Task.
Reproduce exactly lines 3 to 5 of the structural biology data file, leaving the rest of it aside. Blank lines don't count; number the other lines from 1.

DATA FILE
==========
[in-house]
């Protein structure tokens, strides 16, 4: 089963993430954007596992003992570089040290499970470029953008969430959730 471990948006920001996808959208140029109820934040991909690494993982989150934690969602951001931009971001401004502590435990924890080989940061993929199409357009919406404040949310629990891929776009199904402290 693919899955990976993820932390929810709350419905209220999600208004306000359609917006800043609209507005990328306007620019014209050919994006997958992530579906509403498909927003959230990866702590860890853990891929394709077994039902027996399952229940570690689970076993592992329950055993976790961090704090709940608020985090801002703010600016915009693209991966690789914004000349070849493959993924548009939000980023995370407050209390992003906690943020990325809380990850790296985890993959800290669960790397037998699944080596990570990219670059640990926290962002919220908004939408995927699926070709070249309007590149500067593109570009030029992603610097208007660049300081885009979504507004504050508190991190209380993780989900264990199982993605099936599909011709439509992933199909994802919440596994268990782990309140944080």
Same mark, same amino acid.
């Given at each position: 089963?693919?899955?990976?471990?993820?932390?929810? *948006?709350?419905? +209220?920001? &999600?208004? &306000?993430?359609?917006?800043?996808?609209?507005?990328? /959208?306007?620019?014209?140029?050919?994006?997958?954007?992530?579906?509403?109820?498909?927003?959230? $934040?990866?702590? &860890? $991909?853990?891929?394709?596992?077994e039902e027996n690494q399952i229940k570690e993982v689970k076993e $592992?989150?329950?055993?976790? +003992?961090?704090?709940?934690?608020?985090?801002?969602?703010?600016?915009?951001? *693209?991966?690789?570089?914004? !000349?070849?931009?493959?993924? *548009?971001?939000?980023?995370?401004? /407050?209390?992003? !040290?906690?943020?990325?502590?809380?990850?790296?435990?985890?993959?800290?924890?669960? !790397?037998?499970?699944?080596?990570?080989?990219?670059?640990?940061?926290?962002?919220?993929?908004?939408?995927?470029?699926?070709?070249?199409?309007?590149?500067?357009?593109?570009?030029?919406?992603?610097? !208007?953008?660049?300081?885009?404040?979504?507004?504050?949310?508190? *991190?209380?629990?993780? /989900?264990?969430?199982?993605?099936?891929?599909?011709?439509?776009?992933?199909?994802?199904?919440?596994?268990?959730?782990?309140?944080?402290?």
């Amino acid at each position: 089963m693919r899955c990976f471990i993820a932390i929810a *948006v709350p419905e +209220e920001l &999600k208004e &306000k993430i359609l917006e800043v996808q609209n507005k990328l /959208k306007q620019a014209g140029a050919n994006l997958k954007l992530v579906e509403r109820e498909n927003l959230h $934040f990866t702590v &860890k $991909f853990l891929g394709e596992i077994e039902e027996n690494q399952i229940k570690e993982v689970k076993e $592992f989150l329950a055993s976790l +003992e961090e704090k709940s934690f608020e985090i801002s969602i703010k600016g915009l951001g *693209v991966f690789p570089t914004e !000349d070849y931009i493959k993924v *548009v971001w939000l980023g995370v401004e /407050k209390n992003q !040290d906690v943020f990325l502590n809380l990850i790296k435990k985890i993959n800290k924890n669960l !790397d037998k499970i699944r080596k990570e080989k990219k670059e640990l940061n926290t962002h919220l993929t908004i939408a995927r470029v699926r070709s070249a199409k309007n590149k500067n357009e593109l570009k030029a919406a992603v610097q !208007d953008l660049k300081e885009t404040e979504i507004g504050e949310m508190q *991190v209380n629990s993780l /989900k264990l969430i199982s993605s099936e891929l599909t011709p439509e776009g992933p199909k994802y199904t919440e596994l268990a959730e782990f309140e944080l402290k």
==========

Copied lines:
Same mark, same amino acid.
């Given at each position: 089963?693919?899955?990976?471990?993820?932390?929810? *948006?709350?419905? +209220?920001? &999600?208004? &306000?993430?359609?917006?800043?996808?609209?507005?990328? /959208?306007?620019?014209?140029?050919?994006?997958?954007?992530?579906?509403?109820?498909?927003?959230? $934040?990866?702590? &860890? $991909?853990?891929?394709?596992?077994e039902e027996n690494q399952i229940k570690e993982v689970k076993e $592992?989150?329950?055993?976790? +003992?961090?704090?709940?934690?608020?985090?801002?969602?703010?600016?915009?951001? *693209?991966?690789?570089?914004? !000349?070849?931009?493959?993924? *548009?971001?939000?980023?995370?401004? /407050?209390?992003? !040290?906690?943020?990325?502590?809380?990850?790296?435990?985890?993959?800290?924890?669960? !790397?037998?499970?699944?080596?990570?080989?990219?670059?640990?940061?926290?962002?919220?993929?908004?939408?995927?470029?699926?070709?070249?199409?309007?590149?500067?357009?593109?570009?030029?919406?992603?610097? !208007?953008?660049?300081?885009?404040?979504?507004?504050?949310?508190? *991190?209380?629990?993780? /989900?264990?969430?199982?993605?099936?891929?599909?011709?439509?776009?992933?199909?994802?199904?919440?596994?268990?959730?782990?309140?944080?402290?």
């Amino acid at each position: 089963m693919r899955c990976f471990i993820a932390i929810a *948006v709350p419905e +209220e920001l &999600k208004e &306000k993430i359609l917006e800043v996808q609209n507005k990328l /959208k306007q620019a014209g140029a050919n994006l997958k954007l992530v579906e509403r109820e498909n927003l959230h $934040f990866t702590v &860890k $991909f853990l891929g394709e596992i077994e039902e027996n690494q399952i229940k570690e993982v689970k076993e $592992f989150l329950a055993s976790l +003992e961090e704090k709940s934690f608020e985090i801002s969602i703010k600016g915009l951001g *693209v991966f690789p570089t914004e !000349d070849y931009i493959k993924v *548009v971001w939000l980023g995370v401004e /407050k209390n992003q !040290d906690v943020f990325l502590n809380l990850i790296k435990k985890i993959n800290k924890n669960l !790397d037998k499970i699944r080596k990570e080989k990219k670059e640990l940061n926290t962002h919220l993929t908004i939408a995927r470029v699926r070709s070249a199409k309007n590149k500067n357009e593109l570009k030029a919406a992603v610097q !208007d953008l660049k300081e885009t404040e979504i507004g504050e949310m508190q *991190v209380n629990s993780l /989900k264990l969430i199982s993605s099936e891929l599909t011709p439509e776009g992933p199909k994802y199904t919440e596994l268990a959730e782990f309140e944080l402290k």